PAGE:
BAGHDAD CALLING is an exceptional photography book by photojournalist Geert van Kesteren – but it much more than that. Kesteren has combined his own professional photography with images taken from the mobile phones and digital cameras of ordinary Iraqis.
The book itself is printed on newspaper paper but bound which gives it an eerie quality. It combines a coffee-table photo book with both news photography and a family album. It is a creative example of networked journalism mixing the professional with the public as journalist.
The scenes are not particularly harrowing at first glance. There are images of happy family gatherings as well as explosions and wreckage. The minimal text gives first-hand accounts by Iraqi refugees of what happened since the 2003 invasion.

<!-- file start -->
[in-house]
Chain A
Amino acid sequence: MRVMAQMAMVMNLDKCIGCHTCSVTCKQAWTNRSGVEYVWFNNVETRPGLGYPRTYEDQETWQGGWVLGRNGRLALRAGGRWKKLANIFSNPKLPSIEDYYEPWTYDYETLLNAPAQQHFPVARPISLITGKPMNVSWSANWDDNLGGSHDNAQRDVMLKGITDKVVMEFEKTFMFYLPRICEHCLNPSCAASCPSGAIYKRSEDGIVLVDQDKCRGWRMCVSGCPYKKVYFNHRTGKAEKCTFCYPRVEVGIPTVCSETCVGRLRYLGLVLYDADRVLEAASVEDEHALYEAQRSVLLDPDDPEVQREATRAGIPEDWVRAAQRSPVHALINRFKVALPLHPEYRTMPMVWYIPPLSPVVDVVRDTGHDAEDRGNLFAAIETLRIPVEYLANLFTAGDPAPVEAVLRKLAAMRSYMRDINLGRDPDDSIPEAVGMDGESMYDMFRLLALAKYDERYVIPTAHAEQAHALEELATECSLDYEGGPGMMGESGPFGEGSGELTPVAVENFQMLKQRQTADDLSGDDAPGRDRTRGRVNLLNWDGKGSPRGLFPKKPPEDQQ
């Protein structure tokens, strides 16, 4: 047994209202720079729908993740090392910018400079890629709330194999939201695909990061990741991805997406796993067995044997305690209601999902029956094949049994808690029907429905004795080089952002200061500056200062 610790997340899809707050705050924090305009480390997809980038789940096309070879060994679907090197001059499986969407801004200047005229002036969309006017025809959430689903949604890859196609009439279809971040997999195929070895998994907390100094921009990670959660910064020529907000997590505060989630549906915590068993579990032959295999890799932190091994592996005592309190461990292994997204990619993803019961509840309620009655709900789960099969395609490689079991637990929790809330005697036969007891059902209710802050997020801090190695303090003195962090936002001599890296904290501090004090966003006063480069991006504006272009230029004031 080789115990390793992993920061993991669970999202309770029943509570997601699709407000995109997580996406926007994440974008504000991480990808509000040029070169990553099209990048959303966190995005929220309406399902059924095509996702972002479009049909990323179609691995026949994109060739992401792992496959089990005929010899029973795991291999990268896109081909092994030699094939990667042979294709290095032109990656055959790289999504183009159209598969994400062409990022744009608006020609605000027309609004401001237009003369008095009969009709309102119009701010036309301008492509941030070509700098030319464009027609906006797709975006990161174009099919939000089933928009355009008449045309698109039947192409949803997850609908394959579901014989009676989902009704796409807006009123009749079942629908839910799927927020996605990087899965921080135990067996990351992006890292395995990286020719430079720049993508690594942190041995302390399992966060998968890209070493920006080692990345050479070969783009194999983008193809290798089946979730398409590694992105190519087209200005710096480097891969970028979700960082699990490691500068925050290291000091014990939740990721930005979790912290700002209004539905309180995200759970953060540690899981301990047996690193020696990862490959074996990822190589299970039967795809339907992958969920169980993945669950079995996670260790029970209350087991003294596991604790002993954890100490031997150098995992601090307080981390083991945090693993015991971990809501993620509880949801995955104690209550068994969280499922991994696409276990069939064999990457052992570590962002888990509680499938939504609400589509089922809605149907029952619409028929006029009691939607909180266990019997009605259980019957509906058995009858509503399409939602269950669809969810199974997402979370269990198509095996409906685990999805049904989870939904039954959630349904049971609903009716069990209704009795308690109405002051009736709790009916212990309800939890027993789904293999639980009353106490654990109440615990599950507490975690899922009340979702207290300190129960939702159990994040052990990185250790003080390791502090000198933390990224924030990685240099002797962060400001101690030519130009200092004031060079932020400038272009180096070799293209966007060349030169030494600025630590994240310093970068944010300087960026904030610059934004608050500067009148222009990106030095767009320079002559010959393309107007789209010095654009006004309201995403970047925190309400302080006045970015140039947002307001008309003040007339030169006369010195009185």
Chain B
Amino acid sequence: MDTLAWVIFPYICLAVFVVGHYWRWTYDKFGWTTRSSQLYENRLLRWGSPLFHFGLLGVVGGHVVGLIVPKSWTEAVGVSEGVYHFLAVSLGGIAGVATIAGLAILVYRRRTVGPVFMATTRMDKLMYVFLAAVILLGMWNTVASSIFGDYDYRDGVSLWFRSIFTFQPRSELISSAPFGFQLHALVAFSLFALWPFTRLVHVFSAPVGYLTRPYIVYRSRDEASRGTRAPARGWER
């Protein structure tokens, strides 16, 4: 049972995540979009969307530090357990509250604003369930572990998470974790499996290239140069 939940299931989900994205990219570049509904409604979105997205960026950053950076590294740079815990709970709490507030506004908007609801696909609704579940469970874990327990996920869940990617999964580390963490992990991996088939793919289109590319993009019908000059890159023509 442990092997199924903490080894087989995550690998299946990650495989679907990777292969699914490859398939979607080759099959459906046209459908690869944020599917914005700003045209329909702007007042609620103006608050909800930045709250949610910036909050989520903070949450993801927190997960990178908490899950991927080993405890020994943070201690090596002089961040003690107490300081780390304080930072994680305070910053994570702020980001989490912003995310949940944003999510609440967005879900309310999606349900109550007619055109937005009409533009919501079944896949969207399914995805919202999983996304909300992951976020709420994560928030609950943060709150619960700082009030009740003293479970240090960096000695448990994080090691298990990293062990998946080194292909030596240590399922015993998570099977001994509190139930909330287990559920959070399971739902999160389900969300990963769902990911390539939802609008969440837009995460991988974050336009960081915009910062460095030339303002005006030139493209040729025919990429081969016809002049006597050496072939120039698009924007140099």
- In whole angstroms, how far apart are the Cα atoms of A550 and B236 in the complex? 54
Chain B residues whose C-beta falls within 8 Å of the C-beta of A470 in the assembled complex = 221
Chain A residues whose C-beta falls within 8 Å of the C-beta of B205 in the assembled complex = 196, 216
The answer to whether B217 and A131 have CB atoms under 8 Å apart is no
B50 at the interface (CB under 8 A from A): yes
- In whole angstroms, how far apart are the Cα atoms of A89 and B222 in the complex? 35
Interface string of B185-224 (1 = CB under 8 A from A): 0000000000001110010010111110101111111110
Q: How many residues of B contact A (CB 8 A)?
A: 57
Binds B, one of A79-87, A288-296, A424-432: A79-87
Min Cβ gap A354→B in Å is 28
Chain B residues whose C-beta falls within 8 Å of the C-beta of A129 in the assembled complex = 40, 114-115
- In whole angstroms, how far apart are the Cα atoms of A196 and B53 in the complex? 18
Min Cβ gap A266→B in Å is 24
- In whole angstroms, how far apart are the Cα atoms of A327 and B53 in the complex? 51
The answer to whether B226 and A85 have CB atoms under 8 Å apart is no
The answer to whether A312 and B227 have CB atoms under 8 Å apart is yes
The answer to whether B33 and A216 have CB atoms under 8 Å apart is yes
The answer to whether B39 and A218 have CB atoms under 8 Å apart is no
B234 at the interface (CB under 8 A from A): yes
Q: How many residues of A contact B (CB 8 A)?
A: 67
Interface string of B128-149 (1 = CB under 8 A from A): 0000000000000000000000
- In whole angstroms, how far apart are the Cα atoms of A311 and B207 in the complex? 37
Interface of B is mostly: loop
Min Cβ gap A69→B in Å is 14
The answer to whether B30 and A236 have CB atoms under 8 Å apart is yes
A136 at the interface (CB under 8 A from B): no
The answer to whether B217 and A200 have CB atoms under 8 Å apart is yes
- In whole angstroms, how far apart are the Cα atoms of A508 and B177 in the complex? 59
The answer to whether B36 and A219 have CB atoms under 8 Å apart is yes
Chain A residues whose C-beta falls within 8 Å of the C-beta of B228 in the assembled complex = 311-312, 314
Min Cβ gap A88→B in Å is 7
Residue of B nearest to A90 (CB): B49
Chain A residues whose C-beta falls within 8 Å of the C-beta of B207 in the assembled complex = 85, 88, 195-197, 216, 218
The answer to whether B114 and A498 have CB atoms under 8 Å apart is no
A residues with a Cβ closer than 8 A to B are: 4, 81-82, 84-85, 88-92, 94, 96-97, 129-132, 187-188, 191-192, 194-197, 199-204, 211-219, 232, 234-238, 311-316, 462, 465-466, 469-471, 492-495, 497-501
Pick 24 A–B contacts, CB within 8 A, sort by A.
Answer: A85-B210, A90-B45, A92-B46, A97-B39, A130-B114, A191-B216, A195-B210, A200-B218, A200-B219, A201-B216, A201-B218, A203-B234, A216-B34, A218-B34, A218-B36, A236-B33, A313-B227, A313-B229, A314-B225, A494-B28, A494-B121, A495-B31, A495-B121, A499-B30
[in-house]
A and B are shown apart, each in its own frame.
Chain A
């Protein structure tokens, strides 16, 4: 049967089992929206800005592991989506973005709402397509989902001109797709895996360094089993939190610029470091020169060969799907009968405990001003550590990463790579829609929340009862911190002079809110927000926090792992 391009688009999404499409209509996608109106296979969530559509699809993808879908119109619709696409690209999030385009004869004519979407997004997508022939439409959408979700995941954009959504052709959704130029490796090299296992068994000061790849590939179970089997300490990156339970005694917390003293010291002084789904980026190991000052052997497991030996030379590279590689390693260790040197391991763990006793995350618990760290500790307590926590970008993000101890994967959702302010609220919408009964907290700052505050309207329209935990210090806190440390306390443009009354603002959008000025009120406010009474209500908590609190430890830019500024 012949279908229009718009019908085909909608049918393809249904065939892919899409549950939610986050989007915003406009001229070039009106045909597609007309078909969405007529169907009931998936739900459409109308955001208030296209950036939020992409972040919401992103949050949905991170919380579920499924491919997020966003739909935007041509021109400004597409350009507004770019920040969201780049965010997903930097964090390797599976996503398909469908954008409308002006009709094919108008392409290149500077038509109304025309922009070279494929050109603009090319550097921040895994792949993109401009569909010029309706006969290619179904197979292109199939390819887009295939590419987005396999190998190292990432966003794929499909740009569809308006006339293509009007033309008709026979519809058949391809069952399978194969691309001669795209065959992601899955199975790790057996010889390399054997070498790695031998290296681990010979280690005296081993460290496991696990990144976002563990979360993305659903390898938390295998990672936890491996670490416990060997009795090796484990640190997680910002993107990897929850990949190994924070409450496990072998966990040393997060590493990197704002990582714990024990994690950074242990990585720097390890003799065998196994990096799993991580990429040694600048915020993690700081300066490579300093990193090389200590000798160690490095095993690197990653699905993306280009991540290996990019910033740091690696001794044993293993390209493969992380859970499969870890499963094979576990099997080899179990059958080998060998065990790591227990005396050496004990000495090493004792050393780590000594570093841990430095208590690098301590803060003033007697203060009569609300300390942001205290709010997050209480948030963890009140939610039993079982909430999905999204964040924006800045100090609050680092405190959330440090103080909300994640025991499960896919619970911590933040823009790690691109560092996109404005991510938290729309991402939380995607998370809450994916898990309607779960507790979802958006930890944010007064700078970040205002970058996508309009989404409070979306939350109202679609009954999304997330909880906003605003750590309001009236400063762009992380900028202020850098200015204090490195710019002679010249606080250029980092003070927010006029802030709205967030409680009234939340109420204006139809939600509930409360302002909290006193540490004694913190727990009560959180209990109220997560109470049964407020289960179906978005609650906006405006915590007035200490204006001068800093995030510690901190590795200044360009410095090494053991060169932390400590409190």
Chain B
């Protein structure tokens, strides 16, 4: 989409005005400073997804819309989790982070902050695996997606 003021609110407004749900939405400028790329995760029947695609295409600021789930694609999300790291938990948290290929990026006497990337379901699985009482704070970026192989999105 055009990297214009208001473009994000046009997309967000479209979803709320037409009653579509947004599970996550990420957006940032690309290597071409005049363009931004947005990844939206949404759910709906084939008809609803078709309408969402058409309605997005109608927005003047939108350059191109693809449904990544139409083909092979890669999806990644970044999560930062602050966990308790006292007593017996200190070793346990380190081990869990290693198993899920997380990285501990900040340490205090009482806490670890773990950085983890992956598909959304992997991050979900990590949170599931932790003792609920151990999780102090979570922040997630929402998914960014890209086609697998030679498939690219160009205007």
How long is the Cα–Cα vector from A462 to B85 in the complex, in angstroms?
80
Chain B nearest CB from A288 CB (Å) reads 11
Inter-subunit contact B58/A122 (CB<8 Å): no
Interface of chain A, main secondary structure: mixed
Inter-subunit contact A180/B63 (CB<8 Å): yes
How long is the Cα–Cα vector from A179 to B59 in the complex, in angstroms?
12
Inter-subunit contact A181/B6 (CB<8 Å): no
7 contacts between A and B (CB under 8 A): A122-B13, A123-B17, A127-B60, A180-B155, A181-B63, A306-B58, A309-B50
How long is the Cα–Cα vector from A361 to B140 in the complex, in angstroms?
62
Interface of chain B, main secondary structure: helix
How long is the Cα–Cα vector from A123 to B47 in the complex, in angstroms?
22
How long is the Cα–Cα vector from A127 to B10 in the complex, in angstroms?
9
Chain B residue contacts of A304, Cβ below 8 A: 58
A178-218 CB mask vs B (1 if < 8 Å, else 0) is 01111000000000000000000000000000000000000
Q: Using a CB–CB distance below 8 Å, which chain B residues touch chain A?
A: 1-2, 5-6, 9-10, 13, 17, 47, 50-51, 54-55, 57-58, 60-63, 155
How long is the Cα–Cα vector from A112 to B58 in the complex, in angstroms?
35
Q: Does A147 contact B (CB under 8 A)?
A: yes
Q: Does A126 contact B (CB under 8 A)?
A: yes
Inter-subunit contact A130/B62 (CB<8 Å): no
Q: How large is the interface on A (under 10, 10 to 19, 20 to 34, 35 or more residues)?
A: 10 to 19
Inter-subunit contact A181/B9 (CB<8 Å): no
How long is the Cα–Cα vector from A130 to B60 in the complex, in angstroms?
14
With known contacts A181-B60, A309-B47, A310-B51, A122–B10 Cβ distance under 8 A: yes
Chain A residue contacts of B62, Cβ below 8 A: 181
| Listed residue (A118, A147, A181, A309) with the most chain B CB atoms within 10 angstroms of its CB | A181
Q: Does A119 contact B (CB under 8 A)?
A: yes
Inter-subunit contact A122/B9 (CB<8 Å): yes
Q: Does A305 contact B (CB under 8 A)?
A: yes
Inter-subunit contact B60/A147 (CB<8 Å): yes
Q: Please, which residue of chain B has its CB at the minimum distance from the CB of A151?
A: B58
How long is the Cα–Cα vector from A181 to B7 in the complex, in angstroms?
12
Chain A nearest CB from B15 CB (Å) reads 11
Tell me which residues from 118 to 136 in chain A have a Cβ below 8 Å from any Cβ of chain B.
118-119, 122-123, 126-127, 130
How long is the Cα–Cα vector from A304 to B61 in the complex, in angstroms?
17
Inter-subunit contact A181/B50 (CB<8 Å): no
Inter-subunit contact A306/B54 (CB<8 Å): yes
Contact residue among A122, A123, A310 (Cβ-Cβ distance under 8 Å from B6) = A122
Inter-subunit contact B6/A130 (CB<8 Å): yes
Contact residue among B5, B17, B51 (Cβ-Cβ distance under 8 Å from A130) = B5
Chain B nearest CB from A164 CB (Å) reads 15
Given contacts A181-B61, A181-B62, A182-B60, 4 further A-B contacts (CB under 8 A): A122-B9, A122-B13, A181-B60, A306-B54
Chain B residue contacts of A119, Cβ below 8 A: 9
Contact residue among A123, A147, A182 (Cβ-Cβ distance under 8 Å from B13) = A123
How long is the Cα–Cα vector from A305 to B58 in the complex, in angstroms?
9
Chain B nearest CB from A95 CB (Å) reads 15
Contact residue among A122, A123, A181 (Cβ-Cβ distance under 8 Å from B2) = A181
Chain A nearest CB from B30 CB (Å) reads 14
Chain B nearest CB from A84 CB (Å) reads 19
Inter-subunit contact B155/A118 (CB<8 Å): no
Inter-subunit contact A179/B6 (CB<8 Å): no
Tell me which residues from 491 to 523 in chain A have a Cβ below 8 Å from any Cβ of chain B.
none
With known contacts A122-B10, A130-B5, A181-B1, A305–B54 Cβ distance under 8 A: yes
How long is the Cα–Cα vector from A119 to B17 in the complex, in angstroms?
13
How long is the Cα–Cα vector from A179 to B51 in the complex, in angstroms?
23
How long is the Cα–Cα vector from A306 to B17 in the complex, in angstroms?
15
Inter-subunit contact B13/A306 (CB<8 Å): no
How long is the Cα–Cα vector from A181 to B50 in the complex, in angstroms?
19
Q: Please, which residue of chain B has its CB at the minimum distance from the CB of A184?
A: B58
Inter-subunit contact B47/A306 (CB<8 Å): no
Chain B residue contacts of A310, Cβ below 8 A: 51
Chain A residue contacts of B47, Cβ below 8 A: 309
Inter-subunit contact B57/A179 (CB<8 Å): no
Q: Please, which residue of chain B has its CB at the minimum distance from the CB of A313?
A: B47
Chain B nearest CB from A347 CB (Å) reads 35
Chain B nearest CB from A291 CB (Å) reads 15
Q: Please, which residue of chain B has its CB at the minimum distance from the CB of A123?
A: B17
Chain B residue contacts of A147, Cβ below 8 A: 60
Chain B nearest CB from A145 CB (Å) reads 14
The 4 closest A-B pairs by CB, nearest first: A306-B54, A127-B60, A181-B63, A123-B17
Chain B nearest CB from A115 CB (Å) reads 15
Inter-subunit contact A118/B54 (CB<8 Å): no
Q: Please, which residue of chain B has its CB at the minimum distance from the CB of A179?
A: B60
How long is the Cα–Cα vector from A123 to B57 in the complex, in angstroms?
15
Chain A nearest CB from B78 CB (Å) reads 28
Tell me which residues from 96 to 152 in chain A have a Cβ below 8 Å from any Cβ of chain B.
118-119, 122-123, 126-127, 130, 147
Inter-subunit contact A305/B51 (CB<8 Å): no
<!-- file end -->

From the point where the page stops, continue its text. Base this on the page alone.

But overall it builds up a convincing and moving picture of life in war-time. The surreal but very practical nightmare that everyday existence can become when normal society falls apart. The Independent’s Robert Fisk covered Iraq and he points out the need for this kind of approach to recording what was happening:
“We Westerners need the locals to photograph their tragedy and their ragged, often fuzzy, poorly framed pictures contain their own finely calibrated and terrible beauty. The fear of the cell-phone snapper is contained in almost every frame.”
Fisk is right. The people are recording their lives, even when living at the heart of a conflict. It is part of the journalist’s job now to draw upon that material to give a better picture of what the news stories mean for the humans involved.